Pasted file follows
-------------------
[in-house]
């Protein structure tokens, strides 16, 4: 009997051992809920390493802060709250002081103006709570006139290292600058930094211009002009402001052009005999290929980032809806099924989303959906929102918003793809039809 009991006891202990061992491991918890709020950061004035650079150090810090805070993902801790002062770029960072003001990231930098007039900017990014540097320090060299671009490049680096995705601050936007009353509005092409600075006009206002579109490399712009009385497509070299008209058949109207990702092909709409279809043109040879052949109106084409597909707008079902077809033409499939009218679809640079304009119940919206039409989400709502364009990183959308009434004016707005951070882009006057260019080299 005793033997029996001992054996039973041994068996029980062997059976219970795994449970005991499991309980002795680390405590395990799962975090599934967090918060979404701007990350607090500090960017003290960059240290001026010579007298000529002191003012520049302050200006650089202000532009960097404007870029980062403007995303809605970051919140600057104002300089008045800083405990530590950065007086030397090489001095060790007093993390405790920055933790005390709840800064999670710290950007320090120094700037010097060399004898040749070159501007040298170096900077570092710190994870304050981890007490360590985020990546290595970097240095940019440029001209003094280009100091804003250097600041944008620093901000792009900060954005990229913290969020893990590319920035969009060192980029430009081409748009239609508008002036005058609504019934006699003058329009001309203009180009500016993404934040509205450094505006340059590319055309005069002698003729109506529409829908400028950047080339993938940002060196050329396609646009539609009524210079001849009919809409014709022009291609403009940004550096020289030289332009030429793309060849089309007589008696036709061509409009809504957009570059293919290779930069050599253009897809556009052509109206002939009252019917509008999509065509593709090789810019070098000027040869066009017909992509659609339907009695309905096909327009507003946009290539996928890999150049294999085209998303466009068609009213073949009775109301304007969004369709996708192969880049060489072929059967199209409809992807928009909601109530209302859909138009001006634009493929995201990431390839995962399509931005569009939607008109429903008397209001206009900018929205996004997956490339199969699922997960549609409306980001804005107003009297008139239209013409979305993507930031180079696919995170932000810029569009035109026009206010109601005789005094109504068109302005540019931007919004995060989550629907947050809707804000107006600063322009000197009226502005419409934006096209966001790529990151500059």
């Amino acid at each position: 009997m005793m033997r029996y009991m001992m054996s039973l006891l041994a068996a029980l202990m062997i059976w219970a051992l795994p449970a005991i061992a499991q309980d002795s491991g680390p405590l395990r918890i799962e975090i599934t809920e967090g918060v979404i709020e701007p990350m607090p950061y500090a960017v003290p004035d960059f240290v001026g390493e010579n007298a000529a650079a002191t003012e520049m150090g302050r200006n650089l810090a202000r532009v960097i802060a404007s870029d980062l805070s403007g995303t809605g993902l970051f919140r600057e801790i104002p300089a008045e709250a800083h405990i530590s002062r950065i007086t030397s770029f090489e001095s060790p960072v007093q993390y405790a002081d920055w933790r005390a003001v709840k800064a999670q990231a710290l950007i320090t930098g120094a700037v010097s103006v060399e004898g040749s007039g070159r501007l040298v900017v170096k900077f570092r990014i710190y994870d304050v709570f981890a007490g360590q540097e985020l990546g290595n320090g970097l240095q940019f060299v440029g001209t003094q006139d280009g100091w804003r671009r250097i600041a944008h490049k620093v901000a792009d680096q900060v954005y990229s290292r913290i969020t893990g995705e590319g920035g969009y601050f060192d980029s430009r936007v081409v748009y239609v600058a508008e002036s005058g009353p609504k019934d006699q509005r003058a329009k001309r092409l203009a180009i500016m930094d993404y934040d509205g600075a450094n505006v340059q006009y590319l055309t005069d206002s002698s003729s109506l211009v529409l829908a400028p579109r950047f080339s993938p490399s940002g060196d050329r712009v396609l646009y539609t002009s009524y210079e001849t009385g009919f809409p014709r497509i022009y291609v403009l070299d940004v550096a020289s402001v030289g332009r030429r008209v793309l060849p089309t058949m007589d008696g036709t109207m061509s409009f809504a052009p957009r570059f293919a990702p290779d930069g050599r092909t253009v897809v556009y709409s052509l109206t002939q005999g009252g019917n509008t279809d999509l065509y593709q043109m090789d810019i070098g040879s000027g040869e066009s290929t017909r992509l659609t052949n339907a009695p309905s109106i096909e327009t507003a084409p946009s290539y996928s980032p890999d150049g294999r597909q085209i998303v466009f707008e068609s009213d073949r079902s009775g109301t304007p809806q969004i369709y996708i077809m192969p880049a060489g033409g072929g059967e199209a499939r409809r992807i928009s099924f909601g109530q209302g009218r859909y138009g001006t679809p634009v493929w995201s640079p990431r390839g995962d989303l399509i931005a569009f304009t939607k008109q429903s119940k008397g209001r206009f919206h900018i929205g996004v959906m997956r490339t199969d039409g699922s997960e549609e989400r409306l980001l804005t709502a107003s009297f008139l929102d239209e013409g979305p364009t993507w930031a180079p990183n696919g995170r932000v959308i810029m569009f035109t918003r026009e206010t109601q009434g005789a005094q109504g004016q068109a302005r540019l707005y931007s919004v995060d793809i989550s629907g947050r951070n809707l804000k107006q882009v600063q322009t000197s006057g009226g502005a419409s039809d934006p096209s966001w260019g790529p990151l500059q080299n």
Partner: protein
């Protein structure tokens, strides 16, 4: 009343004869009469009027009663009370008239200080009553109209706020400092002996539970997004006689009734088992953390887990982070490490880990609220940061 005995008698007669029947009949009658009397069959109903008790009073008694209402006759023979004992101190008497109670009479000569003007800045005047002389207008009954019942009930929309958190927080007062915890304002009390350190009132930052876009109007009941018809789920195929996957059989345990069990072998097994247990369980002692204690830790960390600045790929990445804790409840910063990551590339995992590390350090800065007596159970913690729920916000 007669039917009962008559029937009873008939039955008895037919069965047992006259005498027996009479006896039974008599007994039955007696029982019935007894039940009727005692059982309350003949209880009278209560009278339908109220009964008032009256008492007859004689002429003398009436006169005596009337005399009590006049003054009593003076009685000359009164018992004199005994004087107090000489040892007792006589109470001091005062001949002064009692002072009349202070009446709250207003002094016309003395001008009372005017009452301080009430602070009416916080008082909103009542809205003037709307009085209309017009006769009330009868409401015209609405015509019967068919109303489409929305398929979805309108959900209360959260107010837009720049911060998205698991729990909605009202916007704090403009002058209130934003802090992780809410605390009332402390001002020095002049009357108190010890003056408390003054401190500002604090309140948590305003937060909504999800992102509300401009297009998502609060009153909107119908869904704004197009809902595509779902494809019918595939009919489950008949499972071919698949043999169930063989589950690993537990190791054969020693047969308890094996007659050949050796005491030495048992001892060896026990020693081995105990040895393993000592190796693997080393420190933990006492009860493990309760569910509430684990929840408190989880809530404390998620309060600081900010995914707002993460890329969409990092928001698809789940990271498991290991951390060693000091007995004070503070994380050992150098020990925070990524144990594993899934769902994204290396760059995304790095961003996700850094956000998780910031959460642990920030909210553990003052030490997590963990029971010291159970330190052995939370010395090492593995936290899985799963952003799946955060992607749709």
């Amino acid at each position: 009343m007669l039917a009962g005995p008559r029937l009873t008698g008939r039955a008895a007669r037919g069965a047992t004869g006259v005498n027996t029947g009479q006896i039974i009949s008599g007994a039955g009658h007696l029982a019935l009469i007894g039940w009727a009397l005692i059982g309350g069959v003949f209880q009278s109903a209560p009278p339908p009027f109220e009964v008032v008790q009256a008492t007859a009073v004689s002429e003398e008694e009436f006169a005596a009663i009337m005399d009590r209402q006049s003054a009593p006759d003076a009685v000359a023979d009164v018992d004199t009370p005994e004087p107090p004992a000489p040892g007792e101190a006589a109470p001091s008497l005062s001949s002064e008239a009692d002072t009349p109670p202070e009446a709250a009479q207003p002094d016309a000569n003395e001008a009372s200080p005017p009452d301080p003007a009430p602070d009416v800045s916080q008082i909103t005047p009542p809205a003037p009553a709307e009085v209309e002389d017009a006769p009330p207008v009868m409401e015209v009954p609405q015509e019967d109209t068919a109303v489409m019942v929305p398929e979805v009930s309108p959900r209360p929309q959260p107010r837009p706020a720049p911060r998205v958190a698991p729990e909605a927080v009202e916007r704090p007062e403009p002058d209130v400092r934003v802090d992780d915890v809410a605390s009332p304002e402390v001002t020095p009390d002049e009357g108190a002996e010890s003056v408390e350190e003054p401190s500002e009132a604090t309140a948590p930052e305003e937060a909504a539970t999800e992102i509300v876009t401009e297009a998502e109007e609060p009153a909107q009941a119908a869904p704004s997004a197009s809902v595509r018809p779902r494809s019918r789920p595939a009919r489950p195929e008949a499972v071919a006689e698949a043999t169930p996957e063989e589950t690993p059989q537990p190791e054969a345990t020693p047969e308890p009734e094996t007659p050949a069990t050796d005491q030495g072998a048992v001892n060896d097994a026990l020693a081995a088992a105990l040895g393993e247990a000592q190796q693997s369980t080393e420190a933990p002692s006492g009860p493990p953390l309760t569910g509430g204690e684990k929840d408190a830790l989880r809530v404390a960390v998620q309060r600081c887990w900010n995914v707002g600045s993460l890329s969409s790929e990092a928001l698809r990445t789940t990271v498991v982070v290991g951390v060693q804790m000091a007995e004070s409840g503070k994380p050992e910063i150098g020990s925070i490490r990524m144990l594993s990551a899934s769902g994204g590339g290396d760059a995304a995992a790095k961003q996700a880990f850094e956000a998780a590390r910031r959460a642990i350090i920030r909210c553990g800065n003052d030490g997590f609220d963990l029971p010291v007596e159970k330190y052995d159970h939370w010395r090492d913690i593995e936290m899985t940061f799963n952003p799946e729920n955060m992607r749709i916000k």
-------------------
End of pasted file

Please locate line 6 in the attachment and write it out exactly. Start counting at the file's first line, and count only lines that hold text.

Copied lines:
């Amino acid at each position: 009343m007669l039917a009962g005995p008559r029937l009873t008698g008939r039955a008895a007669r037919g069965a047992t004869g006259v005498n027996t029947g009479q006896i039974i009949s008599g007994a039955g009658h007696l029982a019935l009469i007894g039940w009727a009397l005692i059982g309350g069959v003949f209880q009278s109903a209560p009278p339908p009027f109220e009964v008032v008790q009256a008492t007859a009073v004689s002429e003398e008694e009436f006169a005596a009663i009337m005399d009590r209402q006049s003054a009593p006759d003076a009685v000359a023979d009164v018992d004199t009370p005994e004087p107090p004992a000489p040892g007792e101190a006589a109470p001091s008497l005062s001949s002064e008239a009692d002072t009349p109670p202070e009446a709250a009479q207003p002094d016309a000569n003395e001008a009372s200080p005017p009452d301080p003007a009430p602070d009416v800045s916080q008082i909103t005047p009542p809205a003037p009553a709307e009085v209309e002389d017009a006769p009330p207008v009868m409401e015209v009954p609405q015509e019967d109209t068919a109303v489409m019942v929305p398929e979805v009930s309108p959900r209360p929309q959260p107010r837009p706020a720049p911060r998205v958190a698991p729990e909605a927080v009202e916007r704090p007062e403009p002058d209130v400092r934003v802090d992780d915890v809410a605390s009332p304002e402390v001002t020095p009390d002049e009357g108190a002996e010890s003056v408390e350190e003054p401190s500002e009132a604090t309140a948590p930052e305003e937060a909504a539970t999800e992102i509300v876009t401009e297009a998502e109007e609060p009153a909107q009941a119908a869904p704004s997004a197009s809902v595509r018809p779902r494809s019918r789920p595939a009919r489950p195929e008949a499972v071919a006689e698949a043999t169930p996957e063989e589950t690993p059989q537990p190791e054969a345990t020693p047969e308890p009734e094996t007659p050949a069990t050796d005491q030495g072998a048992v001892n060896d097994a026990l020693a081995a088992a105990l040895g393993e247990a000592q190796q693997s369980t080393e420190a933990p002692s006492g009860p493990p953390l309760t569910g509430g204690e684990k929840d408190a830790l989880r809530v404390a960390v998620q309060r600081c887990w900010n995914v707002g600045s993460l890329s969409s790929e990092a928001l698809r990445t789940t990271v498991v982070v290991g951390v060693q804790m000091a007995e004070s409840g503070k994380p050992e910063i150098g020990s925070i490490r990524m144990l594993s990551a899934s769902g994204g590339g290396d760059a995304a995992a790095k961003q996700a880990f850094e956000a998780a590390r910031r959460a642990i350090i920030r909210c553990g800065n003052d030490g997590f609220d963990l029971p010291v007596e159970k330190y052995d159970h939370w010395r090492d913690i593995e936290m899985t940061f799963n952003p799946e729920n955060m992607r749709i916000k």